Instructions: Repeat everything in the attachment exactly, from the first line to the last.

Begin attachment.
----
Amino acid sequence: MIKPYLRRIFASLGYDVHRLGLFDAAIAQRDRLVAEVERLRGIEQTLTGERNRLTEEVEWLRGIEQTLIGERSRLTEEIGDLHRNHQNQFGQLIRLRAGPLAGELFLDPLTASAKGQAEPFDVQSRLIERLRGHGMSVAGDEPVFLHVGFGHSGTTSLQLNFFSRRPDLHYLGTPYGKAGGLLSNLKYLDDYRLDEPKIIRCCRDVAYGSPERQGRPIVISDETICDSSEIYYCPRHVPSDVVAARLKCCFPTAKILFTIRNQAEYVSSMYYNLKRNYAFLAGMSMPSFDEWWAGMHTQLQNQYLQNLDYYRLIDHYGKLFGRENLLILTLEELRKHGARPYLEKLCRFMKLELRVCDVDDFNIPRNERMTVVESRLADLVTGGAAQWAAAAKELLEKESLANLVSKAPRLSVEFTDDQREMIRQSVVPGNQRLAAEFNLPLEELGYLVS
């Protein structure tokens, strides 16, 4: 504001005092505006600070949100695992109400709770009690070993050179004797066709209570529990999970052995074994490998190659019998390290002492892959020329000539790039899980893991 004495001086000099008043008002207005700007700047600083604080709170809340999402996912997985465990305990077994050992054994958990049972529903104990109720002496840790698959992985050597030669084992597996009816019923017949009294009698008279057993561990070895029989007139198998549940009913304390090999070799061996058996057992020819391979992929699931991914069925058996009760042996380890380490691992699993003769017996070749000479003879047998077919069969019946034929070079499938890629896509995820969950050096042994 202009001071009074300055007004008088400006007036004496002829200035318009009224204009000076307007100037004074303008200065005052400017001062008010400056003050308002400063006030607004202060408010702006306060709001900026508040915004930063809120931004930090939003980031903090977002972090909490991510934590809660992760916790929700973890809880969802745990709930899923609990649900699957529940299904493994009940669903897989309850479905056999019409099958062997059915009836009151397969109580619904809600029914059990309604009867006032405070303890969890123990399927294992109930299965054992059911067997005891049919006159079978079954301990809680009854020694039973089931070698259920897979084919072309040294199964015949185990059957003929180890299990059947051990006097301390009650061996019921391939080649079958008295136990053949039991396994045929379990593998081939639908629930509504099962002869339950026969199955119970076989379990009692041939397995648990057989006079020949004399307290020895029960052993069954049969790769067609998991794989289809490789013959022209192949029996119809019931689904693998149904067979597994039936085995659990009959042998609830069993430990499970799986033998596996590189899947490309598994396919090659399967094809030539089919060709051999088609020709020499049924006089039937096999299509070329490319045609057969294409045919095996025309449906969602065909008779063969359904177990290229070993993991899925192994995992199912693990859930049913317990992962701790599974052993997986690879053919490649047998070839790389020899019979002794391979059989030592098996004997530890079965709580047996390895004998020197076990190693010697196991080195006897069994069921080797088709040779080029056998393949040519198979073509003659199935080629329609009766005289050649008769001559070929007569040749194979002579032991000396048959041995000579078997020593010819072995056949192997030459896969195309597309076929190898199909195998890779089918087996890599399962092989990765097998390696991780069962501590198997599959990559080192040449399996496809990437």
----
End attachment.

Amino acid sequence: MIKPYLRRIFASLGYDVHRLGLFDAAIAQRDRLVAEVERLRGIEQTLTGERNRLTEEVEWLRGIEQTLIGERSRLTEEIGDLHRNHQNQFGQLIRLRAGPLAGELFLDPLTASAKGQAEPFDVQSRLIERLRGHGMSVAGDEPVFLHVGFGHSGTTSLQLNFFSRRPDLHYLGTPYGKAGGLLSNLKYLDDYRLDEPKIIRCCRDVAYGSPERQGRPIVISDETICDSSEIYYCPRHVPSDVVAARLKCCFPTAKILFTIRNQAEYVSSMYYNLKRNYAFLAGMSMPSFDEWWAGMHTQLQNQYLQNLDYYRLIDHYGKLFGRENLLILTLEELRKHGARPYLEKLCRFMKLELRVCDVDDFNIPRNERMTVVESRLADLVTGGAAQWAAAAKELLEKESLANLVSKAPRLSVEFTDDQREMIRQSVVPGNQRLAAEFNLPLEELGYLVS
């Protein structure tokens, strides 16, 4: 504001005092505006600070949100695992109400709770009690070993050179004797066709209570529990999970052995074994490998190659019998390290002492892959020329000539790039899980893991 004495001086000099008043008002207005700007700047600083604080709170809340999402996912997985465990305990077994050992054994958990049972529903104990109720002496840790698959992985050597030669084992597996009816019923017949009294009698008279057993561990070895029989007139198998549940009913304390090999070799061996058996057992020819391979992929699931991914069925058996009760042996380890380490691992699993003769017996070749000479003879047998077919069969019946034929070079499938890629896509995820969950050096042994 202009001071009074300055007004008088400006007036004496002829200035318009009224204009000076307007100037004074303008200065005052400017001062008010400056003050308002400063006030607004202060408010702006306060709001900026508040915004930063809120931004930090939003980031903090977002972090909490991510934590809660992760916790929700973890809880969802745990709930899923609990649900699957529940299904493994009940669903897989309850479905056999019409099958062997059915009836009151397969109580619904809600029914059990309604009867006032405070303890969890123990399927294992109930299965054992059911067997005891049919006159079978079954301990809680009854020694039973089931070698259920897979084919072309040294199964015949185990059957003929180890299990059947051990006097301390009650061996019921391939080649079958008295136990053949039991396994045929379990593998081939639908629930509504099962002869339950026969199955119970076989379990009692041939397995648990057989006079020949004399307290020895029960052993069954049969790769067609998991794989289809490789013959022209192949029996119809019931689904693998149904067979597994039936085995659990009959042998609830069993430990499970799986033998596996590189899947490309598994396919090659399967094809030539089919060709051999088609020709020499049924006089039937096999299509070329490319045609057969294409045919095996025309449906969602065909008779063969359904177990290229070993993991899925192994995992199912693990859930049913317990992962701790599974052993997986690879053919490649047998070839790389020899019979002794391979059989030592098996004997530890079965709580047996390895004998020197076990190693010697196991080195006897069994069921080797088709040779080029056998393949040519198979073509003659199935080629329609009766005289050649008769001559070929007569040749194979002579032991000396048959041995000579078997020593010819072995056949192997030459896969195309597309076929190898199909195998890779089918087996890599399962092989990765097998390696991780069962501590198997599959990559080192040449399996496809990437």